By the same authors

From the same journal

Pastoral Neolithic Settlement at Luxmanda, Tanzania

Research output: Contribution to journalArticlepeer-review

Author(s)

  • Katherine M. Grillo
  • Mary E. Prendergast
  • Daniel A. Contreras
  • Tom Fitton
  • Agnes O. Gidna
  • Steven T. Goldstein
  • Matthew Knisley
  • MC. Langley
  • AZP. Mabulla

Department/unit(s)

Publication details

JournalJournal of Field Archaeology
DateAccepted/In press - 7 Jul 2017
DateE-pub ahead of print - 2 Mar 2018
DatePublished (current) - 2018
Issue number2
Volume43
Pages (from-to)102-120
Early online date2/03/18
Original languageEnglish

Abstract

The later Holocene spread of pastoralism throughout eastern Africa profoundly changed socio-economic and natural landscapes. During the Pastoral Neolithic (ca. 5000–1200 B.P.), herders spread through southern Kenya and northern Tanzania—areas previously occupied only by hunter-gatherers—eventually developing the specialized forms of pastoralism that remain vital in this region today. Research on ancient pastoralism has been primarily restricted to rockshelters and special purpose sites. This paper presents results of surveys and excavations at Luxmanda, an open-air habitation site located farther south in Tanzania, and occupied many centuries earlier, than previously expected based upon prior models for the spread of herding. Technological and subsistence patterns demonstrate ties to northerly sites, suggesting that Luxmanda formed part of a network of early herders. The site is thus unlikely to stand alone, and further surveys are recommended to better understand the spread of herding into the region, and ultimately to southern Africa.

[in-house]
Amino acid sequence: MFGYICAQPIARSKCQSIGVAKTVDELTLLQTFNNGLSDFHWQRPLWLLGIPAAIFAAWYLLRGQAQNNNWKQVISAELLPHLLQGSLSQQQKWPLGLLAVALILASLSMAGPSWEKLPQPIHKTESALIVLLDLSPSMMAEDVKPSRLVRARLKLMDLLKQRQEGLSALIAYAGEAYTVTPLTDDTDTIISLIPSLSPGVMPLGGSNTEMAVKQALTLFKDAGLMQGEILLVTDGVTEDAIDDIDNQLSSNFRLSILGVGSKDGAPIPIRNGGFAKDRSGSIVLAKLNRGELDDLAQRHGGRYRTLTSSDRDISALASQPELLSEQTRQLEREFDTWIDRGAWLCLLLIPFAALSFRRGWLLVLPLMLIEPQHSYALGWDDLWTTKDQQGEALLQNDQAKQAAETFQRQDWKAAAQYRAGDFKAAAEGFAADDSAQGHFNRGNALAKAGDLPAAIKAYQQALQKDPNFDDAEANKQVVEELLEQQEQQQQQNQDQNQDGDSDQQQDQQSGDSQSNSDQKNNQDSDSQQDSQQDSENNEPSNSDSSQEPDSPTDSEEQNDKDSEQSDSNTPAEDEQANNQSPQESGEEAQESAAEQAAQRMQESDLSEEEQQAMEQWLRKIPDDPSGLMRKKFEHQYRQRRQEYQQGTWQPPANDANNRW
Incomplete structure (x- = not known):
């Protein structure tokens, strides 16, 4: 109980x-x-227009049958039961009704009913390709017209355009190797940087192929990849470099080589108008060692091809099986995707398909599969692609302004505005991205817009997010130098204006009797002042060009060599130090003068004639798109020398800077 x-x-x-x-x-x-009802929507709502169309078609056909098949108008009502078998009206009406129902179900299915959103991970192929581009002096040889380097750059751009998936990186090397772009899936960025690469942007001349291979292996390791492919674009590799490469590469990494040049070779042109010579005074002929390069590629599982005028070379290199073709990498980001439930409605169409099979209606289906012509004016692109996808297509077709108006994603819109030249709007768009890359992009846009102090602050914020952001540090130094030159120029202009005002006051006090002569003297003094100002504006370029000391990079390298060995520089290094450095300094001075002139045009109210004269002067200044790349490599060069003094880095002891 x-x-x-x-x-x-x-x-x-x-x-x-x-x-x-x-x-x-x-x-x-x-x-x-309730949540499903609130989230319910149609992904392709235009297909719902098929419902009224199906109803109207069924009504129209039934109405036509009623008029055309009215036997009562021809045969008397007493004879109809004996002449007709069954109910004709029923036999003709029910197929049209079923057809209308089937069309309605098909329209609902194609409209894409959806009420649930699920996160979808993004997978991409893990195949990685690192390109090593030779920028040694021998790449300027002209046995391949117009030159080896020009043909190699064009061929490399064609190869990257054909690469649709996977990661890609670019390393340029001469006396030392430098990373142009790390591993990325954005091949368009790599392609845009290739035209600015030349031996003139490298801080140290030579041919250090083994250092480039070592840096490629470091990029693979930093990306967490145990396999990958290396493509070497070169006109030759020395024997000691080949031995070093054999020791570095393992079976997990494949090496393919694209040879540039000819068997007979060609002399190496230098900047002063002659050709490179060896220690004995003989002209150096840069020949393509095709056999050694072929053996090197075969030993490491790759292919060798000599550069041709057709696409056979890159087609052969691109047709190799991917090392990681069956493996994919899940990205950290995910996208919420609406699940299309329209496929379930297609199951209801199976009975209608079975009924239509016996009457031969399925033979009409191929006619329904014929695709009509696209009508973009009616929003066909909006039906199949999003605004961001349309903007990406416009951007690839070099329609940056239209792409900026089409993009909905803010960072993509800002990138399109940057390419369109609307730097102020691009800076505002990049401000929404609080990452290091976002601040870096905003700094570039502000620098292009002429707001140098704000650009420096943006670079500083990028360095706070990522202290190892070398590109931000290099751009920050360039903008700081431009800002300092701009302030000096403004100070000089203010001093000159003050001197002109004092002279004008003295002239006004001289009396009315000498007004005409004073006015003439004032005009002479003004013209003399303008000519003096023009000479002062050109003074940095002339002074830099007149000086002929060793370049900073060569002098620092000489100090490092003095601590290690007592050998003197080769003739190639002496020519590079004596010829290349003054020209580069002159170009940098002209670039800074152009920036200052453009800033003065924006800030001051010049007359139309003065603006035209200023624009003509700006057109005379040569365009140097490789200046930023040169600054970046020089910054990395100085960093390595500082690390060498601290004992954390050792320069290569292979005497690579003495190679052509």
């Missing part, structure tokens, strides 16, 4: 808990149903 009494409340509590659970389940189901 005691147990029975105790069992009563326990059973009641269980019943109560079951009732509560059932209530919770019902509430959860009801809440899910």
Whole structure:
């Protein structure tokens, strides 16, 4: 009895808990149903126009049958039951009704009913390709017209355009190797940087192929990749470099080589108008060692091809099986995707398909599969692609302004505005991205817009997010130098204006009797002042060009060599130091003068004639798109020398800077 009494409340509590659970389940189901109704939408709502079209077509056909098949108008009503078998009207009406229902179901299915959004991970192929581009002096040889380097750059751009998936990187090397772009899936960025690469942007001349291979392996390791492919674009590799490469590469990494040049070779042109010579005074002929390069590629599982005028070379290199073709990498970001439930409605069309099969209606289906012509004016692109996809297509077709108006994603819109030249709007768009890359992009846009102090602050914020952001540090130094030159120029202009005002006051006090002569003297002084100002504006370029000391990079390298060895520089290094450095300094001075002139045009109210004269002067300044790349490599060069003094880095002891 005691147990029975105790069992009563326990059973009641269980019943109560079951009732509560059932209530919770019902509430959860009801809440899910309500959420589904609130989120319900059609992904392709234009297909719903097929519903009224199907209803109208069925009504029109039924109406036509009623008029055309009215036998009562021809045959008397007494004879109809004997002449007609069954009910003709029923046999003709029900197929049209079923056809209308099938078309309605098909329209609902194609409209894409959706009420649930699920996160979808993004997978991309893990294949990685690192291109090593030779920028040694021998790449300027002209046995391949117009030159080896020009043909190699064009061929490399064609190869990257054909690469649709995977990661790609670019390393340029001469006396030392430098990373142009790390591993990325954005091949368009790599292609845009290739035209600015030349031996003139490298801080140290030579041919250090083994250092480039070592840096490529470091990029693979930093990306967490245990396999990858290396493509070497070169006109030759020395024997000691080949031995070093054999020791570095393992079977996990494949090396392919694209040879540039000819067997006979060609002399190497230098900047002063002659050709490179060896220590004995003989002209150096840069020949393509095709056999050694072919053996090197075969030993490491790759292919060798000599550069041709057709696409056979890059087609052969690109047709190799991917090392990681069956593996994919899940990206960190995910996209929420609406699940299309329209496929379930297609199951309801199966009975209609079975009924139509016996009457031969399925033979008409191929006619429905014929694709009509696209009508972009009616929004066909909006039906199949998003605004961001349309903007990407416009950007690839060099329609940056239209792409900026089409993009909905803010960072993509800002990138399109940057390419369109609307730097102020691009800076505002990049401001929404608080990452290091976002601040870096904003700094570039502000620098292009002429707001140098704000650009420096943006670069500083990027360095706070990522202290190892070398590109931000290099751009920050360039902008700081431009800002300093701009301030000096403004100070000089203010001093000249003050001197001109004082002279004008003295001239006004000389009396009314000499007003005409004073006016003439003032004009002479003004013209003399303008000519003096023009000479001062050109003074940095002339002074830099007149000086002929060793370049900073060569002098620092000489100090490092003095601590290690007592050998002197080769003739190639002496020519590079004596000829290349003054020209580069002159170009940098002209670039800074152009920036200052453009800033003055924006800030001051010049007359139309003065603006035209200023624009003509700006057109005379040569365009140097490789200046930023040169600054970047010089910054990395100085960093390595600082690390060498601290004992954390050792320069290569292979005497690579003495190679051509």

Bibliographical note

© Trustees of Boston University 2018. This is an author-produced version of the published paper. Uploaded in accordance with the publisher’s self-archiving policy. Further copying may not be permitted; contact the publisher for details.

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